Google is today unveiling a new ad unit for AdSense that taps into the company’s big push to add more artificial intelligence into its business, and to potentially bring on more publishers who might consider ramping up their advertising efforts but don’t have the time or other resources to manage them.
Google is debuting “Auto Ads” — not commercials for cars, but a new ad format that uses machine learning to “read” a page to detect and place what kinds of ads might be appropriate to place there, including where to place them, and how many to run. Publishers activate Auto Ads with a single line of code on the page.
The service was actually quietly announced and launched in a limited beta September 2017, and now it is live for everyone. Google tells us that “publishers participating in the beta saw an average revenue lift of 10 percent with revenue increases ranging from five to 15 percent.”
For those who track or use AdSense, you know that there is already a fair degree of automation in the service. The product is used by tens of millions of web publishers to indicate where to place ads (banners and other units); with those ads then selected by Google based on a crawl of the page to figure out which ad might be most relevant. It already comprises a significant proportion of parent company Alphabet’s ad revenues, which accounted for $27 billion of its $32 billion of revenues in the most recent quarter.
What’s new with Auto Ads is that Google is taking on task of selecting the placement — doing all of the work for publishers in terms of figuring out how many ads to put on specific pages, where to put them, as well as what kind of ads will run.
Using machine learning is interesting here because it not only is being applied to figure out where an ad will go, but it is also being used to ingest analytics for how well that ad performs to “teach” the system how to place ads better in the future.
One black hole (and potential pitfall) is the fact that Google’s Auto Ads seems to decide just how many ads it will place on a page — something you would have had more control over without it. This thread on Webmaster World details how some of the early beta testers were not pleased about how many ads ended up crowding their pages, and what that did to user experience on the site.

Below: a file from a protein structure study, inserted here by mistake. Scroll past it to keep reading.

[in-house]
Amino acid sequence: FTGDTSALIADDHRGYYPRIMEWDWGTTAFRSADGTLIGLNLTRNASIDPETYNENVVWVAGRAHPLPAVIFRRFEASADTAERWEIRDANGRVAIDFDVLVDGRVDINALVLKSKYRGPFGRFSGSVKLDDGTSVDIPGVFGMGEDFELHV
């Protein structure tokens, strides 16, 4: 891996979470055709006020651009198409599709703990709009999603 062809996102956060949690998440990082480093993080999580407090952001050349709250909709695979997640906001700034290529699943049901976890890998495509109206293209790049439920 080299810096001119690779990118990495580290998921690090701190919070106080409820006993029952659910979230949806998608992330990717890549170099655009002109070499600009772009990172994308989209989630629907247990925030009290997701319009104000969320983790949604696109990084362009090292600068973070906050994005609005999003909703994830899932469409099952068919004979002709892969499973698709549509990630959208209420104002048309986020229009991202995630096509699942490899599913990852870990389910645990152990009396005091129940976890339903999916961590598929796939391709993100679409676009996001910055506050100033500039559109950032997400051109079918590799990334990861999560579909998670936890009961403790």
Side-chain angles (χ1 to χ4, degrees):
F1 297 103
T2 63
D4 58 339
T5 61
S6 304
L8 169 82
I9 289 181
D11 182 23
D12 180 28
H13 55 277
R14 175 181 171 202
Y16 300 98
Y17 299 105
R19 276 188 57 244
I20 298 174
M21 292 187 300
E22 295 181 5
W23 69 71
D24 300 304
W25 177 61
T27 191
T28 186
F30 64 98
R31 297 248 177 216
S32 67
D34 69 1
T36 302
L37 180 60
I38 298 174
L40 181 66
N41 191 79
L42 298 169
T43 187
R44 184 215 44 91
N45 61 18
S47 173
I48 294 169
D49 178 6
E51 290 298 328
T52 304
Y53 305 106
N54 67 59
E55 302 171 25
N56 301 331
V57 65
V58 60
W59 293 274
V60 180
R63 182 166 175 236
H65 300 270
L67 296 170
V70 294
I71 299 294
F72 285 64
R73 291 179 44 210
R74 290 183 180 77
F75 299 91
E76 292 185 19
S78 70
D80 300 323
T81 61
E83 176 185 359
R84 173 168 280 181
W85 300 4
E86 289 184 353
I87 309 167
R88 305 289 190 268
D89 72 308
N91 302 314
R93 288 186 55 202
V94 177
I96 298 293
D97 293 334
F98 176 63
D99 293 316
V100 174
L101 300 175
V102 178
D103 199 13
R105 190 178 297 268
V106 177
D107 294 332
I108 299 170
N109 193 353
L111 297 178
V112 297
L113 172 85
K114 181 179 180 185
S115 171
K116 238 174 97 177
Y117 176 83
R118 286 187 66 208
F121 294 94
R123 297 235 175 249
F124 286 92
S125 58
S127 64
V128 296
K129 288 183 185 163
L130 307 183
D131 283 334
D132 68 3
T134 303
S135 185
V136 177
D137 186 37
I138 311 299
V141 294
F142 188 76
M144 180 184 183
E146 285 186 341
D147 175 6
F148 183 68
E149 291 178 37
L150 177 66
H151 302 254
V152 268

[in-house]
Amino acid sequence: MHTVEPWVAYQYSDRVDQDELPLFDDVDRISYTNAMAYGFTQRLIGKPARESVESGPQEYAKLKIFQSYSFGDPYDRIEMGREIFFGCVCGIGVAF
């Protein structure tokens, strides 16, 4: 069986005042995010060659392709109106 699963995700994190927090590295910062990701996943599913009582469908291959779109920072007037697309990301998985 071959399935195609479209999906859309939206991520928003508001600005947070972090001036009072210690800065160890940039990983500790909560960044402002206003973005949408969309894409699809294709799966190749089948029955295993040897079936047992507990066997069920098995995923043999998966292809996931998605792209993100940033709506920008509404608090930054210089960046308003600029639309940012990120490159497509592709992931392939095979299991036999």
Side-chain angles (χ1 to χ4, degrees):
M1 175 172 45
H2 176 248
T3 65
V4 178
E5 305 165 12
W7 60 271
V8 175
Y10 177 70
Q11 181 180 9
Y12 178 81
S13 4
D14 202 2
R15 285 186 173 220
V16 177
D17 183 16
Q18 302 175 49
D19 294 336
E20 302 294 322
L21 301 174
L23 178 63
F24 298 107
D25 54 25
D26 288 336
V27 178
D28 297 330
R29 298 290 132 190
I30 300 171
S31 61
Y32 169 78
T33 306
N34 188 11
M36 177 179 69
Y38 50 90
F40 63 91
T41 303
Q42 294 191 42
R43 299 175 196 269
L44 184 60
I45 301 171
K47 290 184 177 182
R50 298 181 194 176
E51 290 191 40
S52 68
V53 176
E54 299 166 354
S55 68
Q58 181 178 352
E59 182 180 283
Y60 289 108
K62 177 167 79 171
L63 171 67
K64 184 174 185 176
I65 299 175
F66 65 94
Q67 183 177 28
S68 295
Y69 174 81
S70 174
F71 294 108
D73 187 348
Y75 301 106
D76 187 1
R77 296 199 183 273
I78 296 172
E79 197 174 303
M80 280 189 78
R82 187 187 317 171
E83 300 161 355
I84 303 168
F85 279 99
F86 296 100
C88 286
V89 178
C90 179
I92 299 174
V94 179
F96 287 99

We’re asking Google for a response to that point, and whether it will let users limit the number of units that Auto Ads can place on a page. From what we understand that will likely be one of the aspects that will get evaluated as this rolls out.
It will also highlight questions about how well Google’s judgement will be in all cases.
The AdSense service has come under the spotlight for letting lots of nefarious content seep into the mix, including ads carrying “fake news” and other misleading content. The company has been making efforts to combat this. Its “bad ads report” published in January 2017 noted that the company took down 1.7 billion dodgy ads and banned 200 publishers from AdSense.
For now, the aim seems to be to roll this out and see how many sign on for the convenience of the service, which you activate by signing into your AdSense account; checking global settings from “My ads”; copying the code that is there and pasting it between the header tags for every page where you want the ads to appear (they come on in 10-20 minutes, Google says).
In a blog post from AdSense engineering manager Tom Long and product manager Violetta Kalathaki, the two note that units included in the Auto Ad mix will include Anchor and Vignette ads, as well as Text and display, In-feed, and Matched content ads. (Not clear if newer formats like this larger banner will also be included.) They also write that publishers can specify which of these it wants to run.
For those who have been using Page-level ads (specifying different kinds of ads depending on the subject of a page, rather than a whole site), their code will all automatically get migrated to run with Auto Ads. And for those who are using Google’s AMP service for mobile pages, you need to use code for AMP Auto ads.
Updated with more comment from Google.